Now, I’m assuming your life learning household has neither saber-toothed tigers nor a climate of intellectual fear. But even when someone isn’t inciting fear in us, learning something new can sometimes feel like a dangerous adventure, at the same time as it is exciting. A person might make mistakes and feel a whole range of emotions from disappointment and anger through to jubilation. Anticipating that, in order to get started on a learning adventure, most people – especially children – need as much comfort, reassurance, and security as they can find. The risk- and mistake-making processes are best supported by a secure physical, intellectual, and emotional environment.

Take reading, for example. The typical situation, with other children ready to correct or laugh at every mistake and the teacher (or even parent!) all too eagerly “helping” and correcting (if not overtly inciting fear of the results of failure), and even unconsciously belittling or undermining self-confidence, is the worst possible environment for a child to learn to read. So one of the best ways to support the learning to read adventure is to allow the child time and space to spend with words, and to avoid demanding regular demonstrations of what he might prefer to keep private. We’ll still notice that the child is making more and more sense out of printed language – that she is reading road signs or food labels, for example, and then one day a page or screen of type.

I remember John Holt once describing how he helped his young niece learn to read. He said all he did was let her snuggle up on his lap and read to her, later letting her read to him. She refused to read unless she felt physically secure. He said that later, she moved from his lap to a corner of the room, shrouded in a tent made from a blanket. Eventually, she was confident enough to discard the blanket and read aloud wherever she was. That sense of security and privacy was apparently crucial to the process.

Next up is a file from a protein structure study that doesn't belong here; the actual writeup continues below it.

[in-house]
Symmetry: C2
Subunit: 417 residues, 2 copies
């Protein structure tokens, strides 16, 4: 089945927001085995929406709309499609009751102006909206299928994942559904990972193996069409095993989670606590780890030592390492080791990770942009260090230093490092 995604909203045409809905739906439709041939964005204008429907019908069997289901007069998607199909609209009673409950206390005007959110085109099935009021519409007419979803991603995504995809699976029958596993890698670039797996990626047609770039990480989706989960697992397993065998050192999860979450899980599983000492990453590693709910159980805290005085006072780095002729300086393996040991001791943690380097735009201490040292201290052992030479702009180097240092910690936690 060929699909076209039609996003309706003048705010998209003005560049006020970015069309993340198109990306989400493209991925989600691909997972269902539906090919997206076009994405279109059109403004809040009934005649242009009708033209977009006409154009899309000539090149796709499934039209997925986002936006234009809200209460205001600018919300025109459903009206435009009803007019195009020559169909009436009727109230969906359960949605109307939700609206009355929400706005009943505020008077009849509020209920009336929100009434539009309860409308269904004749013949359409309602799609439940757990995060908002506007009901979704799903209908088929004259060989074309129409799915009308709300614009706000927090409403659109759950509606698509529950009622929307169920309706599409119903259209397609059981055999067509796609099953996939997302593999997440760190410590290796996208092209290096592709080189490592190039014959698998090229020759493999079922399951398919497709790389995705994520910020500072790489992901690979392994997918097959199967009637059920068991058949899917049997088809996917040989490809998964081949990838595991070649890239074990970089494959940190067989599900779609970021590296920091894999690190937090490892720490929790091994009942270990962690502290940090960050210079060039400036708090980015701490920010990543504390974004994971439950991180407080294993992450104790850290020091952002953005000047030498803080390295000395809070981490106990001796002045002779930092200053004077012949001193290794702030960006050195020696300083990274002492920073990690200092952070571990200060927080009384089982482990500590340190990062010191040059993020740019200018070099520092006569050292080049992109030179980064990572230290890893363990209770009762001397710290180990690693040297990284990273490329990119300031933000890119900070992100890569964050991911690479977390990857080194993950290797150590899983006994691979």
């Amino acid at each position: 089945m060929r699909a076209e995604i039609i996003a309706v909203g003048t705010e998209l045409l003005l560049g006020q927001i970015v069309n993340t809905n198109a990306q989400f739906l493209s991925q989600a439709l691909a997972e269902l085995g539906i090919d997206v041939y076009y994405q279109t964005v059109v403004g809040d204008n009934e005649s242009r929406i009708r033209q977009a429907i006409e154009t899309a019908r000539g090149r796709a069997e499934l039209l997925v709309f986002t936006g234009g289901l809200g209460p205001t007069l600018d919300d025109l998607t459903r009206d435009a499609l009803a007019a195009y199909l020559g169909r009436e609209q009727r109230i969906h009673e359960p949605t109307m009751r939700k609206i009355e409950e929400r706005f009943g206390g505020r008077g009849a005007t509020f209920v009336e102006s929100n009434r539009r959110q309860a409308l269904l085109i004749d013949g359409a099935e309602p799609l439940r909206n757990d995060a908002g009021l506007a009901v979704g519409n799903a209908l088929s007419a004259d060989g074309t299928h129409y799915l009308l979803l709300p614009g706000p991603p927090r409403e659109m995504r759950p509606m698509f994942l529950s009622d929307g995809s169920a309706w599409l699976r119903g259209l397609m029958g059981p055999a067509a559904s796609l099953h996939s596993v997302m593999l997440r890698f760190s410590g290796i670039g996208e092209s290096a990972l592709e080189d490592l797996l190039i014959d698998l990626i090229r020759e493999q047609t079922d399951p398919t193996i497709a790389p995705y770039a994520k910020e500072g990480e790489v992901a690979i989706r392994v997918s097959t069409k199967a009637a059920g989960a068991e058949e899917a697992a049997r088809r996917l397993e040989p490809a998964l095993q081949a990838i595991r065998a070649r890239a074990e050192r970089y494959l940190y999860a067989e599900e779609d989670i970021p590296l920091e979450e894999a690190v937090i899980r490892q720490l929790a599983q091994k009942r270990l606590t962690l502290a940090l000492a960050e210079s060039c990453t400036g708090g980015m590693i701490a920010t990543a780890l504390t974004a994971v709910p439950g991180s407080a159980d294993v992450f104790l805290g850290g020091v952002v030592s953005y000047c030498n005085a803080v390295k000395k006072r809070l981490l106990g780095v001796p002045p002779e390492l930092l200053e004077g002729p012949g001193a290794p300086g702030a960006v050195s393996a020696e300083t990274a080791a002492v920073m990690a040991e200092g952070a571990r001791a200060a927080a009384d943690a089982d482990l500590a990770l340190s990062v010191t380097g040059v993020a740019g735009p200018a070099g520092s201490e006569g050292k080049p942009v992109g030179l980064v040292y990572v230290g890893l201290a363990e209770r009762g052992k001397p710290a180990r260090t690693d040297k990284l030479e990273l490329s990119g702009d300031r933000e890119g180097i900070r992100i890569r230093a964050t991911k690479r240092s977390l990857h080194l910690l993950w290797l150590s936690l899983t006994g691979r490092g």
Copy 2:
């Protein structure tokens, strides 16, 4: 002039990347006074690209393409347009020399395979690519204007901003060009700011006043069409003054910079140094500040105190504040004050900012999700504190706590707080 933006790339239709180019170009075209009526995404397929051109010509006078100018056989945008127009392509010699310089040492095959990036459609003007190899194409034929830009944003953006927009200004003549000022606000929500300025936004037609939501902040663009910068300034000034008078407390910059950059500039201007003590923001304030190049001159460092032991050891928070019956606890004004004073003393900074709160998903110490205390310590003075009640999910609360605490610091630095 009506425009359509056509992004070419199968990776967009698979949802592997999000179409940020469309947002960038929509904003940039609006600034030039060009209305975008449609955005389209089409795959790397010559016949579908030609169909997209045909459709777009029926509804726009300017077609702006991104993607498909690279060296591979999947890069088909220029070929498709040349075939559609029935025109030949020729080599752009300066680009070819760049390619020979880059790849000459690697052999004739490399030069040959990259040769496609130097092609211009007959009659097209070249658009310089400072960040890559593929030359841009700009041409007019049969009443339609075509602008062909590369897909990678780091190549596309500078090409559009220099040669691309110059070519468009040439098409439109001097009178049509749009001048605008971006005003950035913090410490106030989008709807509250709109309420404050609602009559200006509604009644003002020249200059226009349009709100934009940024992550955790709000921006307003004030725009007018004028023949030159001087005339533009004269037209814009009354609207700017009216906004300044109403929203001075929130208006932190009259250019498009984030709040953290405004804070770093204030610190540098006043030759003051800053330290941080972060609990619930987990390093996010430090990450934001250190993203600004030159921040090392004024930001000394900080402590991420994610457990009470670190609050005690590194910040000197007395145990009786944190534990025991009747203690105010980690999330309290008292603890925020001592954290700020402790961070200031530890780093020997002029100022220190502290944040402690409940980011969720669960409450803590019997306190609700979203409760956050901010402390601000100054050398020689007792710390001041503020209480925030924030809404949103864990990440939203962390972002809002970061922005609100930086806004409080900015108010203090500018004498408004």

Taking a Risk

The process of learning can feel scary because it requires taking risks. Think about how, whenever we adults take on the challenge of acquiring new knowledge or developing new skills, we make ourselves vulnerable. We leave our comfort zones and will likely display some incompetence along to way to gaining competence. That is also true for younger learners, and is best encouraged by creating a comfortable environment for that risk-taking.

“The optimum life learning environment is a secure, non-coercive one that supports risk taking, curiosity, and exploration.”

So the optimum life learning environment is a secure, non-coercive one that supports risk taking, curiosity, and exploration. If we encourage (but not force) the pursuit of new challenges and knowledge, while providing the necessary support and security, our children will develop into the flexible, resourceful self-directed learners that they were meant to be.

The same principle is true for other aspects of life, such as socialization. Self-confidence is nurtured in children who have the freedom to venture into sophisticated social situations at their own speed. Pushing a child into what seems to her to be a scary situation will accomplish nothing positive if she is not ready or comfortable enough to allow herself to be vulnerable enough to take the required risk.

When a person is afraid, he will focus on self-preservation rather than the acquisition of new knowledge and the development of new skills. Fear has no place in a learning environment.